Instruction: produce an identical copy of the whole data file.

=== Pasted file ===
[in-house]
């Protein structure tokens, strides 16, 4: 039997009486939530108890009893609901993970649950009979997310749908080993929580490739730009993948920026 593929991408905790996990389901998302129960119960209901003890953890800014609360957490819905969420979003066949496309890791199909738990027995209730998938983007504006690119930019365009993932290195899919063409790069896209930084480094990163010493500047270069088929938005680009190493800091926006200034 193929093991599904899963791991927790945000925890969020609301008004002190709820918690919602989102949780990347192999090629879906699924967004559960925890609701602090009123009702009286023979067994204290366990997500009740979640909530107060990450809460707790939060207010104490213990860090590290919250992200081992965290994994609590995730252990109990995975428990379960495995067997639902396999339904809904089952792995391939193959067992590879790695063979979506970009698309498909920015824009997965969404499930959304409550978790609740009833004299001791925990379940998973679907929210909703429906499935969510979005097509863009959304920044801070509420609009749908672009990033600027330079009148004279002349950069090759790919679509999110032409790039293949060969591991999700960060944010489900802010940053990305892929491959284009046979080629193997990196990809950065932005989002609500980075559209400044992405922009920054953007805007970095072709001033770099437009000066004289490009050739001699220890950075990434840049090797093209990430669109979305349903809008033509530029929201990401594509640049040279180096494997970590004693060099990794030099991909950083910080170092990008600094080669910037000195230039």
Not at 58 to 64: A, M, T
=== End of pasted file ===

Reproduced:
[in-house]
């Protein structure tokens, strides 16, 4: 039997009486939530108890009893609901993970649950009979997310749908080993929580490739730009993948920026 593929991408905790996990389901998302129960119960209901003890953890800014609360957490819905969420979003066949496309890791199909738990027995209730998938983007504006690119930019365009993932290195899919063409790069896209930084480094990163010493500047270069088929938005680009190493800091926006200034 193929093991599904899963791991927790945000925890969020609301008004002190709820918690919602989102949780990347192999090629879906699924967004559960925890609701602090009123009702009286023979067994204290366990997500009740979640909530107060990450809460707790939060207010104490213990860090590290919250992200081992965290994994609590995730252990109990995975428990379960495995067997639902396999339904809904089952792995391939193959067992590879790695063979979506970009698309498909920015824009997965969404499930959304409550978790609740009833004299001791925990379940998973679907929210909703429906499935969510979005097509863009959304920044801070509420609009749908672009990033600027330079009148004279002349950069090759790919679509999110032409790039293949060969591991999700960060944010489900802010940053990305892929491959284009046979080629193997990196990809950065932005989002609500980075559209400044992405922009920054953007805007970095072709001033770099437009000066004289490009050739001699220890950075990434840049090797093209990430669109979305349903809008033509530029929201990401594509640049040279180096494997970590004693060099990794030099991909950083910080170092990008600094080669910037000195230039």
Not at 58 to 64: A, M, T